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Morning Coffee: Goldman Sachs' most exciting new jobs may be a little boring. Hey, Deutsche Bank bonuses aren’t too bad

If you were playing a game of “draw random words out of a hat to make the best investment banking job description”, you couldn’t really ask for a better hand than “Goldman Sachs”, “AI”, “Data Science”, “strategy” and “engineering”. And indeed, the guy who is holding all those highly coveted cards, Chief Data Officer Neema Raphael, seems to be pretty happy about things.

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He’s also surprisingly cool for a Goldman partner; on the day he was interviewed, he had “his hair pulled back in a bun” and was wearing a “blue plaid shirt”; if the photo on his LinkedIn is accurate, he also occasionally favours sunglasses and a lot of open buttons.

Although he’s presumably compliant with all the remote working policies, Raphael appears to have a pretty good concept of work-life balance; he “wakes up at 6:30”, and then “hangs out with his two-year-old for half an hour”, presumably arriving at his desk while the junior bankers are sipping their third espresso of the morning.  This is practically Silicon Valley stuff.

But reading between the lines, you get the sense that once he’s started the working day, Raphael is much more “strictly business”, and that the actual tasks behind the buzzwords are considerably more prosaic than one might have hoped.  For example, one of the teams in his 500-strong staff is responsible for doing things like ‘ensuring the abbreviation for "management" is consistently "MGT," not "MGMT’.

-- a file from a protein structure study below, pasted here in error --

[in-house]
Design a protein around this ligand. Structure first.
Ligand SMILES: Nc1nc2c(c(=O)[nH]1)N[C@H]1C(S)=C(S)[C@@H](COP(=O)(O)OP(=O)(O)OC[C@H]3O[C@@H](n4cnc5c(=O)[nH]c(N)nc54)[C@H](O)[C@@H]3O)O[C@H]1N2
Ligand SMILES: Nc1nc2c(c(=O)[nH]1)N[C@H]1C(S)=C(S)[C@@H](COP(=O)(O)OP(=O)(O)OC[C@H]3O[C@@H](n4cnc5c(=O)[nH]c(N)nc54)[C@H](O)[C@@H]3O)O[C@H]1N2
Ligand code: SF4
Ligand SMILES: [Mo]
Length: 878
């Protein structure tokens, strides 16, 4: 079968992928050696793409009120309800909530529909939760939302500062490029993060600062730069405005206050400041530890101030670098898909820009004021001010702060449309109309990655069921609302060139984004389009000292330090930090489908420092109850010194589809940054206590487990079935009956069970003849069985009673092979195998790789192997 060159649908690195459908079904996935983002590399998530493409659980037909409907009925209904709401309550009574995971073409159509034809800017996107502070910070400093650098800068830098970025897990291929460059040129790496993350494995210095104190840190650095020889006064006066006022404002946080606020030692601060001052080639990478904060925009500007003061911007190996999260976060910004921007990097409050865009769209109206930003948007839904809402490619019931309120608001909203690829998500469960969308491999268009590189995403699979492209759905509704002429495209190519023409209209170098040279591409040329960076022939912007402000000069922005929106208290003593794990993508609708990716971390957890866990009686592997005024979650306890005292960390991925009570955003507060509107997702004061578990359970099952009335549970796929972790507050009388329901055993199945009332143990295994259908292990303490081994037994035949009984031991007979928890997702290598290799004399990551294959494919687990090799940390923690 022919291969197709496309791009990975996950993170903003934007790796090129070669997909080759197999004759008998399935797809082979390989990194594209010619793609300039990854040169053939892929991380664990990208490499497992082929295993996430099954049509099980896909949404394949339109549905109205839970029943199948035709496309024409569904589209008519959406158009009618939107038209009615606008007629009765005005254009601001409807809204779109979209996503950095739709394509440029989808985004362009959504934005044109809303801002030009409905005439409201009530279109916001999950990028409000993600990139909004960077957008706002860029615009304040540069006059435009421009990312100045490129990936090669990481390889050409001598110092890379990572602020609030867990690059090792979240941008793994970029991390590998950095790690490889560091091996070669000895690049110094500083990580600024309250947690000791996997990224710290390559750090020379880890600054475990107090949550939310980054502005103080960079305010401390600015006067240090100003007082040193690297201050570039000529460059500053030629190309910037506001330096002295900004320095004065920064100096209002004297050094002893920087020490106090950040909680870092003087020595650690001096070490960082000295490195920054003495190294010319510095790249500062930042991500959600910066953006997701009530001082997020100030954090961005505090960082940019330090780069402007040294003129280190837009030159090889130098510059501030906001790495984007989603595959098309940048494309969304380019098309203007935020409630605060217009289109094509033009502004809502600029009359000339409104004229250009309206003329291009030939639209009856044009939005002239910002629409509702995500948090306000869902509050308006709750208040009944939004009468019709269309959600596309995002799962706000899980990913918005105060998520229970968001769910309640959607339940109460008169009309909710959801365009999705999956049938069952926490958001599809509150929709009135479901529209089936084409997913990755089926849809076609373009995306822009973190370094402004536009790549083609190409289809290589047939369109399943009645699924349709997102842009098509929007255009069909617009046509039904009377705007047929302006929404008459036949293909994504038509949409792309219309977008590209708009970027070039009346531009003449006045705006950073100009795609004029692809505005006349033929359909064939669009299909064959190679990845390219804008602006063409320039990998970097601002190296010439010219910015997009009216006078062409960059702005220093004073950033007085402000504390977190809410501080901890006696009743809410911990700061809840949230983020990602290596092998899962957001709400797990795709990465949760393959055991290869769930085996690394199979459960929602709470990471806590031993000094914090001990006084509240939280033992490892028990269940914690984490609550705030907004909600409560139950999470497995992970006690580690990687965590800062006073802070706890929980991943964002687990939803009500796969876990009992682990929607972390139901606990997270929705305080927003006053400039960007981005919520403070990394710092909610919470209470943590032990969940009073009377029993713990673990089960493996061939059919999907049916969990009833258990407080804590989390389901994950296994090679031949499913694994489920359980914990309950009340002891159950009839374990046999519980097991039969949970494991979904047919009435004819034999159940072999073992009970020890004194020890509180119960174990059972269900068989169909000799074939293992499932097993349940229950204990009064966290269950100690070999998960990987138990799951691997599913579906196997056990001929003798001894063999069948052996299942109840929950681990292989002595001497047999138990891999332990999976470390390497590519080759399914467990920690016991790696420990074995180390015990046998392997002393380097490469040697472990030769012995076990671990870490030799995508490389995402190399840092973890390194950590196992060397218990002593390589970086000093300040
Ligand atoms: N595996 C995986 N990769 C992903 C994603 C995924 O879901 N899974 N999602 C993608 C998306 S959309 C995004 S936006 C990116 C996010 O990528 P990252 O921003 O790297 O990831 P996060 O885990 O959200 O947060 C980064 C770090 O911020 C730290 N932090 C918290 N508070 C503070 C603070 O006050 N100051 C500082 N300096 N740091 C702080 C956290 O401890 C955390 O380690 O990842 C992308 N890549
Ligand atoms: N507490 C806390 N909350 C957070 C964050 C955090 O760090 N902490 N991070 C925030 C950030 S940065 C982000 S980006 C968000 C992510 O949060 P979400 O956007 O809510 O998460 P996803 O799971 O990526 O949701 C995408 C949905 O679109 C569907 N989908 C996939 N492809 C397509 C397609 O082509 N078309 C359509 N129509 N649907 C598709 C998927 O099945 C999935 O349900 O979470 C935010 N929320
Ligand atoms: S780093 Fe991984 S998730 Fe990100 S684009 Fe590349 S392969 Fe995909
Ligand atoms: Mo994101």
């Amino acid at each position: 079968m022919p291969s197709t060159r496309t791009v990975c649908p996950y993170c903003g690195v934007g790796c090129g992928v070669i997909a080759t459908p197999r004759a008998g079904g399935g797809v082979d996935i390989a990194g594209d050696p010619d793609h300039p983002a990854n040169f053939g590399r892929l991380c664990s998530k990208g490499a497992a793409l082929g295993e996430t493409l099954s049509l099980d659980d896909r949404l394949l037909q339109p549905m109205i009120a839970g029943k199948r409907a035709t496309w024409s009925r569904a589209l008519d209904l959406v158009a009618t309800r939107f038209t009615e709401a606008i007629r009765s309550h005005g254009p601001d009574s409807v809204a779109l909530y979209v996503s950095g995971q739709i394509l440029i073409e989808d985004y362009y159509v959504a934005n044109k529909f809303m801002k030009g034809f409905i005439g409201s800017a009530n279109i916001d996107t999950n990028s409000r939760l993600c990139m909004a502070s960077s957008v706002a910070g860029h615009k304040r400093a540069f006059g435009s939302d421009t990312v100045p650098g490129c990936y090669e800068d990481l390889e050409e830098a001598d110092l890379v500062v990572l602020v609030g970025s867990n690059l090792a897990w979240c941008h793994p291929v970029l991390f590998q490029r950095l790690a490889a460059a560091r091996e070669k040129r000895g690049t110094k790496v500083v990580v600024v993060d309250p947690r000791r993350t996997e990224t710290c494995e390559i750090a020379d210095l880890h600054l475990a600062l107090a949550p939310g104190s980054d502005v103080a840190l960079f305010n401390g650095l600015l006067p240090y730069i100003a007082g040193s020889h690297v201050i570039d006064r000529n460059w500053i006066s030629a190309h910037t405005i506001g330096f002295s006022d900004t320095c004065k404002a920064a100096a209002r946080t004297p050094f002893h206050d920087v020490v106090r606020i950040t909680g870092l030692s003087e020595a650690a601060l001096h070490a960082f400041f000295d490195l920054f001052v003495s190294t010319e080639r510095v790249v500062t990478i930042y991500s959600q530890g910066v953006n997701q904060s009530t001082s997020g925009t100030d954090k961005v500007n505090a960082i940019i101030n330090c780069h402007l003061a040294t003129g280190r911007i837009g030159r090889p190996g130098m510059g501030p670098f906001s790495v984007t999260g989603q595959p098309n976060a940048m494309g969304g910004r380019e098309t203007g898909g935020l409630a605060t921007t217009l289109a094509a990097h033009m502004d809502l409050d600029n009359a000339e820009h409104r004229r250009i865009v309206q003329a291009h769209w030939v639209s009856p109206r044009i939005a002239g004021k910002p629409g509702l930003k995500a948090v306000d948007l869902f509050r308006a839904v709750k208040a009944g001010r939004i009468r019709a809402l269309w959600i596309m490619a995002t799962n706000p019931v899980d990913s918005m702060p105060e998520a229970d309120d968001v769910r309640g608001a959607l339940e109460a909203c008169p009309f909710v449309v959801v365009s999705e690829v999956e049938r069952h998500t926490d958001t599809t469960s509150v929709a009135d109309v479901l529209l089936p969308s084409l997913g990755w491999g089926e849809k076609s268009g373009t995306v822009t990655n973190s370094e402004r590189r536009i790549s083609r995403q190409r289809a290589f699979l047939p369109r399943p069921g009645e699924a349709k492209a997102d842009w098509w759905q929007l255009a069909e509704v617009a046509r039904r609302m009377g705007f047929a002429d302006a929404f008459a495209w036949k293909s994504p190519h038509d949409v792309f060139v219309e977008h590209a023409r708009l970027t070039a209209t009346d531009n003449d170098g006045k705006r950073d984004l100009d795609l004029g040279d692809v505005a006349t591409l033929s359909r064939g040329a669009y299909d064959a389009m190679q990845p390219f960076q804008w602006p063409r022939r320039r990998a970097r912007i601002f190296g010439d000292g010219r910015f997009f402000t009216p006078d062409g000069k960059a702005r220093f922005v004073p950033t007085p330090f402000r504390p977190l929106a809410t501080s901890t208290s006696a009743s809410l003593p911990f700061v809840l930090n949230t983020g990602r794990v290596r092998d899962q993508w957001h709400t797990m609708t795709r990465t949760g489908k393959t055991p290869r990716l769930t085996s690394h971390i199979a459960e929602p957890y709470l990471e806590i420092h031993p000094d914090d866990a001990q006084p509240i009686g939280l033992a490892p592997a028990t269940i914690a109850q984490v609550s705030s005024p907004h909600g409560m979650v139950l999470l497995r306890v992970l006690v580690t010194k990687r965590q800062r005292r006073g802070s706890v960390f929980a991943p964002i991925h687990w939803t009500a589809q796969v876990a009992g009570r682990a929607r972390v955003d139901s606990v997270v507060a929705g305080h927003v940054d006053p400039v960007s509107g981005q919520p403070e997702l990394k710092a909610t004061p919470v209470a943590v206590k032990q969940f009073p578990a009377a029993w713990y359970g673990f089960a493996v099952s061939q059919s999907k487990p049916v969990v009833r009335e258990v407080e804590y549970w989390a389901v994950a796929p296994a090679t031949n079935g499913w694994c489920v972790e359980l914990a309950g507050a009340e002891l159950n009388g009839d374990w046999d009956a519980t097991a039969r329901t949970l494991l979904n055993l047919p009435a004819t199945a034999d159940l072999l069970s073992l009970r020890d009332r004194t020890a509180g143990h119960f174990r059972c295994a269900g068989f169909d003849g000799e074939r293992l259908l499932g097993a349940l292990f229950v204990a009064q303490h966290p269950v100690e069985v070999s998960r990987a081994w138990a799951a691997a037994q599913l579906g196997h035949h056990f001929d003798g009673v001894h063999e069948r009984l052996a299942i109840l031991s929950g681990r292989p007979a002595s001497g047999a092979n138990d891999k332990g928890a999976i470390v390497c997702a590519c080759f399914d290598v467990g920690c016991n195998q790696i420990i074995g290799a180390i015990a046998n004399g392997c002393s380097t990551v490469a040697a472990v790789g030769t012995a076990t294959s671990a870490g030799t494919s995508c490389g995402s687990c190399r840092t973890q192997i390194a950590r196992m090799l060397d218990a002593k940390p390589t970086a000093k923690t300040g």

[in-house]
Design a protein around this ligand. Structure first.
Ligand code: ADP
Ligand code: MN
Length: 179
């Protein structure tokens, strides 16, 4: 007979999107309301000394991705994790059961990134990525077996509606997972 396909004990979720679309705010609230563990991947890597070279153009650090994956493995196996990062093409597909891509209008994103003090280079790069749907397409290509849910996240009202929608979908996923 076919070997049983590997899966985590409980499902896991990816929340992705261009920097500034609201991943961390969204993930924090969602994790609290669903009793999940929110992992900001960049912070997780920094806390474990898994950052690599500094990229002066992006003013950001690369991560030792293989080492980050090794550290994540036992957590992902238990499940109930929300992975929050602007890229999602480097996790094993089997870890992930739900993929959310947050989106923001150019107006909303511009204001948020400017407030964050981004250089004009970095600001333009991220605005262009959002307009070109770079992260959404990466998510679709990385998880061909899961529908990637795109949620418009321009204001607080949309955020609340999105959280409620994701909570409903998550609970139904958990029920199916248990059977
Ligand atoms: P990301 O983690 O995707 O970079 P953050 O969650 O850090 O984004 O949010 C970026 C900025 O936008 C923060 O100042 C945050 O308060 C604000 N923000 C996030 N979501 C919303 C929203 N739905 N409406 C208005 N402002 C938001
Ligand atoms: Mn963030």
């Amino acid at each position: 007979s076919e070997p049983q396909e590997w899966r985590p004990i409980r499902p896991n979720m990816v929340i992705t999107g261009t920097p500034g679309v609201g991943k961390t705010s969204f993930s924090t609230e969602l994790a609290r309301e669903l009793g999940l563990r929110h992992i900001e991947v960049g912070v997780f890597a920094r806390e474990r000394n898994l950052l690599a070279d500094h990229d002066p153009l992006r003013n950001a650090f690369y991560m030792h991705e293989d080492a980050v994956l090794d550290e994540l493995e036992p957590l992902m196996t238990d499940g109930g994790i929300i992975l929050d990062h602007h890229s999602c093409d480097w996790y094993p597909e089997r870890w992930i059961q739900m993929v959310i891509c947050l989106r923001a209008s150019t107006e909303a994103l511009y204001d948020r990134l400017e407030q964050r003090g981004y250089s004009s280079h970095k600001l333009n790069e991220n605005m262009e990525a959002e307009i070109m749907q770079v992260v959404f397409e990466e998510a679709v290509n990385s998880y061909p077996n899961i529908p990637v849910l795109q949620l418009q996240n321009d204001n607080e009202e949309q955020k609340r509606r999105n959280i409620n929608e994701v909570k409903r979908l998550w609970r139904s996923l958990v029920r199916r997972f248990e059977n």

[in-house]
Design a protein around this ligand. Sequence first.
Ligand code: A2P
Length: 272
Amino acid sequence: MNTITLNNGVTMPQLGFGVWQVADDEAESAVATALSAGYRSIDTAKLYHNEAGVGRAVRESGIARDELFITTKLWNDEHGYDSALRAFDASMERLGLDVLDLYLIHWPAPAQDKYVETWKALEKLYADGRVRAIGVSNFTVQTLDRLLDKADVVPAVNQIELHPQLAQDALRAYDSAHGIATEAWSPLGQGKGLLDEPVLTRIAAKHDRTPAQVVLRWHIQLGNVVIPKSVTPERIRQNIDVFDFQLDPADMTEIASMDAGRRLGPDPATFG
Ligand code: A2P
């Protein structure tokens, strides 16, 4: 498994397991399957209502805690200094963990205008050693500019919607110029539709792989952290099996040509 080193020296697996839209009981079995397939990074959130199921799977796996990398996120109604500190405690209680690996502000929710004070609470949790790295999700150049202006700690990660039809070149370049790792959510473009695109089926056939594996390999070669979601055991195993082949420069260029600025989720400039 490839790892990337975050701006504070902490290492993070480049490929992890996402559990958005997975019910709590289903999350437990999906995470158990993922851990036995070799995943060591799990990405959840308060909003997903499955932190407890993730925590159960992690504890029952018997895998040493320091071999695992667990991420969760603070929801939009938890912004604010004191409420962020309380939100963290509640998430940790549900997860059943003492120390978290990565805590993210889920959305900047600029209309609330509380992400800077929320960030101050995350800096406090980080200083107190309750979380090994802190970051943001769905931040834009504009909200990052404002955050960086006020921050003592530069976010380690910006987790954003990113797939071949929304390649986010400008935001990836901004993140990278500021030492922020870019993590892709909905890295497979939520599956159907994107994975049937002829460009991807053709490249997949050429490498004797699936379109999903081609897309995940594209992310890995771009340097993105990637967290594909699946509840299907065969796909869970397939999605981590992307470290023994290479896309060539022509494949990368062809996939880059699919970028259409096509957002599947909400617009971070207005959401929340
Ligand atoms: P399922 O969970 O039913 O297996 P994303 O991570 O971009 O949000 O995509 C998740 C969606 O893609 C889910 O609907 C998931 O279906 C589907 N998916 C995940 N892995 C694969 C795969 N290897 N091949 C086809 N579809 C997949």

This is unfortunately the reality of data science – you go in hoping you’re going to be creating the thinking machines of the future, but your average working day is spent correcting spelling mistakes.  As one quant proverb puts it, “Seventy percent of algorithmic trading is checking you’ve made the right adjustments for bank holidays”.

It’s necessary work because the raw material of data science is data, and that data has to be really right, not nearly right.  As Raphael puts it, “There is no AI strategy without a data strategy. We always use this code: garbage in, garbage out”.  And the extraction and cleaning up of data from whatever source is, in its own way, just as arduous, dirty and unexciting as any other kind of mining.  There’s just a bit less danger of a ton of rock falling on your head.

Having said that, the kind of coder who only wants to have beautiful thoughts and do cutting-edge modelling probably wouldn’t be someone that Goldman wanted to hire in the first place.  Neema Raphael made his name as one of the slang-talking engineers working on the original SecDB database which drove Goldman’s trading and risk management.  That’s an environment in which mistakes really couldn’t be afforded, and he’s preserved that spirit into the AI age.  Lots of quants actually enjoy the hard work and precision of getting things to work as much as the big-thinking algorithmic design. And of course, the problems that you solve at work don’t really reflect your own coolness; as long as your code is flawlessly tailored, your hair can be as ruffled as you like.